How about comparing artists like Kylie and Toy - do you approach them in totally different ways?

I’d approach those in totally different ways - with Kylie, it was more of a case of making the song and she came in fairly late in the process. She heard it, liked it, did the vocals but we worked on the track beforehand.

With a band like Toy, you try and create the right conditions for a performance, then let it happen and capture it as well as you can. The first part of the project with Kylie was about coming up with a beat. But that’s the difference between writing and producing. I don’t very often write with bands. It’s better that the core of the band write their own material. I wouldn’t suggest chords to them - it wouldn’t feel right.

You were Mercury Prize nominated with Kate Tempest for her latest album - could you explain how the creative process worked with her?

Me and Kate had known each other for a while, wanted to do something but had found it difficult to find the time. We decided to go into the studio at night and make a tune for fun.

But straight away you could tell it was the beginning of a story. It had an interesting narrative. We finished that tune - Lonely Days - and began again in the evenings putting together more tunes and developing the story. Kate went off and thought about the whole structure, who the characters were, what might happen and mapped it all out in her mind. Each time we had a session we would do another part of the puzzle.

With the writing, I would spend an hour getting a beat together, then she would straight away do a really long version of the vocal over it, in some cases 40 minutes long. Then cut it down, and do the same process a few things. I didn’t really refine the beat after that. I never saved anything for instance. Normally on a drum machine you’d save your song but I’d delete it and move onto the next one, almost as a way of making ourselves commit.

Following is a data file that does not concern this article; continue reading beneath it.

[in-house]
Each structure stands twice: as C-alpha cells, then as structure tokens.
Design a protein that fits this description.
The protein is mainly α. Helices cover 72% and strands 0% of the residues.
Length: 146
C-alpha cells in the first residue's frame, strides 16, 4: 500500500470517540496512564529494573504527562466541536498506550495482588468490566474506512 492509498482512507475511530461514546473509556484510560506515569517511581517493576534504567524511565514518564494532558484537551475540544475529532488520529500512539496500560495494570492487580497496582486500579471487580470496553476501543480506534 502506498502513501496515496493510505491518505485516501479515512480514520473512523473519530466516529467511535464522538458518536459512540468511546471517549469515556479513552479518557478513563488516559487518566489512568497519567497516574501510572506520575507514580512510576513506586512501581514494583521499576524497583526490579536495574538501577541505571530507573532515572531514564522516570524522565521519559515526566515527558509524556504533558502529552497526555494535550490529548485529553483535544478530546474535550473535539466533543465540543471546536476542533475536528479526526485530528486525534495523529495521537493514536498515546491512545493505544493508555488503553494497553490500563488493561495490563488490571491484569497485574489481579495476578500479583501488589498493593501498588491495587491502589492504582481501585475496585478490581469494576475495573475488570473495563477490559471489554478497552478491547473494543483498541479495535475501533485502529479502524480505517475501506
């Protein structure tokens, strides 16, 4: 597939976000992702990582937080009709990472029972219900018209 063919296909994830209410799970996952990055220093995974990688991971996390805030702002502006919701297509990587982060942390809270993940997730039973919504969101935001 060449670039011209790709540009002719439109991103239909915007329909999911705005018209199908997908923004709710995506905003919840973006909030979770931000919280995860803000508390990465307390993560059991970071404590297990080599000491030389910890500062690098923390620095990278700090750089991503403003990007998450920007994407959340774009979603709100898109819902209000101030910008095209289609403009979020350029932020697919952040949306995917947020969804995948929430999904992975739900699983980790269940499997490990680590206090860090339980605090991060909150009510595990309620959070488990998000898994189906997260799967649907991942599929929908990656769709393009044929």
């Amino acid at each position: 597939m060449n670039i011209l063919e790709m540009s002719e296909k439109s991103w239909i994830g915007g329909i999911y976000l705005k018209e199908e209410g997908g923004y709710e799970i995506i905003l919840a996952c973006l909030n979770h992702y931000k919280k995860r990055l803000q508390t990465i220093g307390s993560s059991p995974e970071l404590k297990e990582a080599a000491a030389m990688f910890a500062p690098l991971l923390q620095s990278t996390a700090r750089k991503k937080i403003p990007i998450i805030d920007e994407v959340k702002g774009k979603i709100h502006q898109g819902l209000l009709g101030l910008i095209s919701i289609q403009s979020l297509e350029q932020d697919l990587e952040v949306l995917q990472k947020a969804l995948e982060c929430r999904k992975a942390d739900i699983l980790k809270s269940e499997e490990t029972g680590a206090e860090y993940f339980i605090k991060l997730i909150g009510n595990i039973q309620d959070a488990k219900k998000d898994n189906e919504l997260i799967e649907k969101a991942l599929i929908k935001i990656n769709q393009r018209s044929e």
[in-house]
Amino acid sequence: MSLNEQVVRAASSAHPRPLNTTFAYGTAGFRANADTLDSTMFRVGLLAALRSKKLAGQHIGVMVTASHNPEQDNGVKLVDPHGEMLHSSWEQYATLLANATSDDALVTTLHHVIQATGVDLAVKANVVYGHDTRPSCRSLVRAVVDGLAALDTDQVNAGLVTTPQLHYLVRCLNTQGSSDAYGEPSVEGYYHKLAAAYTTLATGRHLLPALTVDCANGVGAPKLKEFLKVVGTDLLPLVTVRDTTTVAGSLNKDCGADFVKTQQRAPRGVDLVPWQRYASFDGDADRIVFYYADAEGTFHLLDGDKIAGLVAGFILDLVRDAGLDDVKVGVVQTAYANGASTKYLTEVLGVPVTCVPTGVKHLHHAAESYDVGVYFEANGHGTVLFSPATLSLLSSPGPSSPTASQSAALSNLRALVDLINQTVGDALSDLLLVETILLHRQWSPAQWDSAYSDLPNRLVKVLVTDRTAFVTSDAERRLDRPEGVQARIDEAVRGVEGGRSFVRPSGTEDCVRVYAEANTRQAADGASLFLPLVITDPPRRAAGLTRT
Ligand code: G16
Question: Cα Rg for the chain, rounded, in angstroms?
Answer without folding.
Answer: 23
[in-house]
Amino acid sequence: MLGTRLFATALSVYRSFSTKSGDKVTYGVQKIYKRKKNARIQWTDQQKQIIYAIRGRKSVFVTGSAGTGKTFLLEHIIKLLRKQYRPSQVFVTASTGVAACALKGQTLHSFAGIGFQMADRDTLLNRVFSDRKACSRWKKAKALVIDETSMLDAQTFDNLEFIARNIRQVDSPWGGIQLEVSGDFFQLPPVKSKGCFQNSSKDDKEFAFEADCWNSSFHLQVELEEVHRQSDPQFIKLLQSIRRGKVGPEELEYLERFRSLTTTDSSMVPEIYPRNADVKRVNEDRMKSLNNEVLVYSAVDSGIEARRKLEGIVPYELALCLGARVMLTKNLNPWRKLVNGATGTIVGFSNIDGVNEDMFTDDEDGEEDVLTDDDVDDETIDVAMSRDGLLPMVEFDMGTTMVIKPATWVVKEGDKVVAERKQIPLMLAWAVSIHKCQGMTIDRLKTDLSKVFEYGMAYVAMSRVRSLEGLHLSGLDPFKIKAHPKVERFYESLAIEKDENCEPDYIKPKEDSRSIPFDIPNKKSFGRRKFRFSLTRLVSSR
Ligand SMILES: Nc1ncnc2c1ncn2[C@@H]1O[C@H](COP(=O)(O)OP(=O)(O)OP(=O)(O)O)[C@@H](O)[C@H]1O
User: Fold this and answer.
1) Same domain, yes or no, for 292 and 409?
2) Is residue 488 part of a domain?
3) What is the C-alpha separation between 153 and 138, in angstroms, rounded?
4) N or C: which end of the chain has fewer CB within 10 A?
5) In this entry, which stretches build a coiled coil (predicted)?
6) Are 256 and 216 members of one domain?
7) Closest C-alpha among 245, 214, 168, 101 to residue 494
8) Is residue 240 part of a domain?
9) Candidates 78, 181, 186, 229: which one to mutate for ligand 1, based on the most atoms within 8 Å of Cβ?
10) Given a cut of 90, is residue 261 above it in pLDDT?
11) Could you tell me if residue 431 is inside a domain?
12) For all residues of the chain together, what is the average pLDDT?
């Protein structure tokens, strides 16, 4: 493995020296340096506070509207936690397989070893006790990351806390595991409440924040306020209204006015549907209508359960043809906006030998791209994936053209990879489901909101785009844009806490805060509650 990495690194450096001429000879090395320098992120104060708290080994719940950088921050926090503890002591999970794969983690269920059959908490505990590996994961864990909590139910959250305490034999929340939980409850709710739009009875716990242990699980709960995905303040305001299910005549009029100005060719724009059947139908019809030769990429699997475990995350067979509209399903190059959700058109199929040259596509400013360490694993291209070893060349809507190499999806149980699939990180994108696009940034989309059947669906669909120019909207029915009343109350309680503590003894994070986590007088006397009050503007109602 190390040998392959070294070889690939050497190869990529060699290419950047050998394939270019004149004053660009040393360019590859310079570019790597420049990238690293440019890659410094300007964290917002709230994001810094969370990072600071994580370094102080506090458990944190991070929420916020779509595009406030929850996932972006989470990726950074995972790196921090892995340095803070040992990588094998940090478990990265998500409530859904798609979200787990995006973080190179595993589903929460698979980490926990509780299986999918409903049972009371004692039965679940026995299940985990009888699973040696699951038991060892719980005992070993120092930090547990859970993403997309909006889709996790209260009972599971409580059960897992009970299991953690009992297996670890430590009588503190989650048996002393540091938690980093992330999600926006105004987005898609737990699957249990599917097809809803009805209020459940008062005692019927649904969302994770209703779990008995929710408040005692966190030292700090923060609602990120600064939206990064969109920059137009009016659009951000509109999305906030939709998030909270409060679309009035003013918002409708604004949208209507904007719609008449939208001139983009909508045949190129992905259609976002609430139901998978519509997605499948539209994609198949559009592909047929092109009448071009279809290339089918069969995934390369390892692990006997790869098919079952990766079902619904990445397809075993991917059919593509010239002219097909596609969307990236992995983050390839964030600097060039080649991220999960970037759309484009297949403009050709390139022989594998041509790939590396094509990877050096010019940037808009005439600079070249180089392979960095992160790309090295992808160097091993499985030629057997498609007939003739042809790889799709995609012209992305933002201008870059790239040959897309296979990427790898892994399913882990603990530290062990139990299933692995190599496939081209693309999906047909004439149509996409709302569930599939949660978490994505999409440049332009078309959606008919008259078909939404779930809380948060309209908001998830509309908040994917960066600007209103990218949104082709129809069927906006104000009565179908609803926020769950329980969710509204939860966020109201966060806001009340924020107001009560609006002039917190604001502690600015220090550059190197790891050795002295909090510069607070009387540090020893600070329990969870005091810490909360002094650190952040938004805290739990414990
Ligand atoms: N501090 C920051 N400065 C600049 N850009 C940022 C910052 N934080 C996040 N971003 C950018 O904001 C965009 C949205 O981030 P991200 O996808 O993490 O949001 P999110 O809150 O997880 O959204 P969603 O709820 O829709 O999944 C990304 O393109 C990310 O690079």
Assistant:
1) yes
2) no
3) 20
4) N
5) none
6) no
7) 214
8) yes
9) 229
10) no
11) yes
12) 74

Everyone thought it was too weird and too wordy

How did the LP emerge on Big Dada?

We were halfway through and took it to some labels. Everyone thought it was too weird and too wordy. We were disappointed at the time but in a way it was a good thing, we thought fuck it, let’s not make it less wordy or less weird, we’ll just finish it. Hannah at Big Dada/Ninja Tune happened to baby sit for my kids when they were younger. I played it her, she said it was great, took it into work and they called the next day saying they wanted to put it out.

It was made in the absence of anybody. I’m not saying that someone from a label would have made us do anything in particular. But when you play it to someone at the end of every session, you do try and reign it in a little bit. We did make some quite weird music.

Are you working on a new LP together now?

Yes we’re working on another. We’ve made a slightly different bubble. Sonically it’ll be different. We’ve changed how we work in that we’re using the piano much more and trying to write music with more melody.

What’s next for you?

We’re doing another record which is slightly less clear about what it’s going to be. But it’ll be less rhythm-based. Rick Rubin is going to help us record that. It’s his idea really. He’s said come up with some songs that aren’t hip hop. We’re not quite sure but we’re working on that. We’re doing a project with Natasha Khan and Toy. We’ve found a lot of Iranian psyche tunes and Moroccan, from the early sixties which is just drums and chants. It’s a pretty crazy record. It’s really out there…

Visit the Speedy Wunderground website for more information and watch Dan performing with Kate Tempest at the PRS for Music office reopening in Streatham, South London below...